BY THE BOOK: Abdulrahman ‘Abu Amirah’ Ndegwa

Adulrahman ‘Abu Amirah’ Ndegwa is a Mombasa-based writer. PHOTO| FILE| NATION MEDIA GROUP

Adulrahman ‘Abu Amirah’ Ndegwa is a Mombasa-based writer whose story was shortlisted for the Writivism Short Story Prize in 2016 with others appearing on Kalahari eview and Munyori Journal. He is the founding editor of Hekaya Initiative, a publishing platform for prose, poetry and

portraiture from the East African Coast.

He spoke to about his literary fauvorites.

Tell me the three books that excited you the most in 2017?

Elnathan John’s Born on a Tuesday, Abubakar Ibrahim’s Blossoms of the Savannah and John Medina’s Brain Rules.

Which two books do you hold so dear that they can’t possibly be lent out?

I have no qualms lending out my books provided they are returned in one piece. Two books I hold dear would be Anatomy of a Girl Gang by Ashley

Little and Brick Lane by Monica Ali. I’m a bit hesitant lending out the later, though as it’s a powerful read.

Your fauvorite childhood books? Why?

Mum made sure I read all titles in the Hardy Boys series, so I kind of fell in love with them. Fragments from The Adventures of Tom Sawyer are still etched in my memory and I recall how Tom filled us with an aching to be as adventurous and kiss our own Becky Thatchers!

If you were to dine with three writers dead or alive, who would they be and why?

Only three? I have a list of twenty! Okay, the first one would be JD Salinger mainly because I totally love TheCatcher in the Rye, a book so full of twists and surprises. As a student of psychology, I find his life fascinating too, with his choice to live in recluse.

Ray Bradburry would be the second one. His book Zen on The Art of Writing has influenced my writing immensely. Three, Yewande Omotoso.

I’ll be forever grateful for her inspiration during the Writivism online mentoring program last year. She’s a wonderful soul. Four…can I add a fourth to balance the dead-alive equation? Abubakr Adam Ibrahim.

I missed the chance to meet him at Story Moja last year. I think he is an incredible writer.

Most unforgettable character from a book?

Holden Caulfield from The Catcher in the Rye. I think Salinger gave a lot to this character and I find him very hilarious. He is youngish, this Holden chap, but lives like someone way much older. Another thing that makes him unforgettable is his close resemblance to the author.

Which book do you wish you had written and why?

Warsan shire’s Teaching My Mother How to Give Birth because, truth be told, she has a way with words, my goodness. Picture this: ‘…his cheek a swollen drumlin, a vine scar dragging itself across his mouth…’.The first time I read it I felt I wasn’t doing much as a writer. Warsan will do that to you. She is gifted!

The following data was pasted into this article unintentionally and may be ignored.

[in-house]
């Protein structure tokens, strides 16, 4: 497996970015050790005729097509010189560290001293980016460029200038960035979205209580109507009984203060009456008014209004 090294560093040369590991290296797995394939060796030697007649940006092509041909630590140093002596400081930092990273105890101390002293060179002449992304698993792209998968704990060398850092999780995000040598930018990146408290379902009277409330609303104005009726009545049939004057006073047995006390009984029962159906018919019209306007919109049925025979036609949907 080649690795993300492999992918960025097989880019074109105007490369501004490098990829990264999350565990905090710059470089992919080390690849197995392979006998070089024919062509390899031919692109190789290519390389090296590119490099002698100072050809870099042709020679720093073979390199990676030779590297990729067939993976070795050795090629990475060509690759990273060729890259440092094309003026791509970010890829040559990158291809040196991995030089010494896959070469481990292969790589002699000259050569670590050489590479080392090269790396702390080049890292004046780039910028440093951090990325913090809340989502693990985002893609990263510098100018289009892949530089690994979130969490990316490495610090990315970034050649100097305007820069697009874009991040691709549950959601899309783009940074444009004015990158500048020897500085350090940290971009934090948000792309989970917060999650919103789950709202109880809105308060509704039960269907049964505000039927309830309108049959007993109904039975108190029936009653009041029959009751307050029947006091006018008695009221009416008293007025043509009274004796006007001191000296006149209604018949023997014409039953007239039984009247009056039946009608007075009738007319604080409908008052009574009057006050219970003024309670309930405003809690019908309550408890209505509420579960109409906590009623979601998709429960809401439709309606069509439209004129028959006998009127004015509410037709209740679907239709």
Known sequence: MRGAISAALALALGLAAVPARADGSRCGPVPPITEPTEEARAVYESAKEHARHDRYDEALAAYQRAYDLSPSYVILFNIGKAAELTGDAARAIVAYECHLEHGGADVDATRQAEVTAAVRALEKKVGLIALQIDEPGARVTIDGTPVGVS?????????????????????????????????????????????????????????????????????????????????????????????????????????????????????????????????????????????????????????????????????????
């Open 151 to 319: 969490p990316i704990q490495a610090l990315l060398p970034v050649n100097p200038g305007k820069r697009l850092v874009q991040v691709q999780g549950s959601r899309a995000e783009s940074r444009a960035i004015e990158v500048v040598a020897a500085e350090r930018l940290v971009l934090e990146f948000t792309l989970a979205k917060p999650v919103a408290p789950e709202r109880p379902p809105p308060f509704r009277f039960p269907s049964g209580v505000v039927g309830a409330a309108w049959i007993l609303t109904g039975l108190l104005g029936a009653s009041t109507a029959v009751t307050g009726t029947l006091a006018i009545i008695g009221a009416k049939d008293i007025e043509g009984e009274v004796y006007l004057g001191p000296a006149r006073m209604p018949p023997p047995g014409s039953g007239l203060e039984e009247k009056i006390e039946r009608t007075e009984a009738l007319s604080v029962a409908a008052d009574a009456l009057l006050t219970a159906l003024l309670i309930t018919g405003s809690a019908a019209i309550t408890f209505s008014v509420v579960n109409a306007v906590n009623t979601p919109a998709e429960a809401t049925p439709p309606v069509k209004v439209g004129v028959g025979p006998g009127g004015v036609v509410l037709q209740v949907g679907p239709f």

If you were sent off to Robben Island for a year, which three books would you take with you?

First, the thought of prison scares the hell out of me, but if I ever was to find myself in Robben Island, I’d probably want to have Shire’s Teaching My Mother To Give Birth, Naked by David Sedaris (I think it would be a hilarious read in a place where one cannot run naked across the yard) and You are a dog by Terry Bain, probably because Robben Island is a depressing place and seeing life through the eyes of man’s best friend would be refreshing.

Do you think book festivals, literary prizes and writing workshops are important to a writer’s growth?

Yes they are. For me, I developed a new perspective from Writivism Fest after meeting all these amazing African writers like Chuma Nwokolo, Summaya Lee, Panashe and others.

Emerging writers also get terrific exposure. Workshops are a good place to hone one’s writing skills and you just become better after every workshop.

Literary prizes are a good thing too though I wouldn’t encourage anyone to write for prizes: write because you can and if you get awarded for that be grateful and keep up the hard work.

I do believe that no amount of money or prizes can fully compensate a writer but this acknowledgement in form of prizes is a huge inspiration.

Plus, money earned from something you are passionate about is singular in its sweetness!

Tell me about the last book that made you cry?

Boy Interrupted by Saah Millimono almost made me cry. The narrative is so poignant.

Among your contemporaries, who do you consider the most exciting newcomer in the writing world and why?

Thomas Mlanda  is a promising literary theorist who brings on board a refreshing, insightful way of looking at literature. I learn something every time we meet.

Dr Acan Immaculate is another promising writer I’d love to read more from. She helped me work the medical problem of a character in my novel in progress.

Idza Luhumyo is a gifted writer too, one of my favorite writers whom I readily mention in conversations with other writers from Mombasa. Farrah Stoner is another amazing new comer. Her writing is, as we termed it in the 2015 Kwani? workshop, unexpected! Her style closely resembles JD Salinger’s.

What are you currently writing?

Between editing for Hekaya Initiative and working a demanding day job, I’m also reworking my short story anthology after which I’ll proceed with a novel I started late last year. I’ll also resume my weekly column, ‘Swahilific: Diary Of A Campus Girl on Jamila El-Jabry’s blog


BY THE BOOK is a literary series that covers authors, bloggers, actors, academics and poets of note in the African continent. For comments or inquiries, e-mail: [email protected]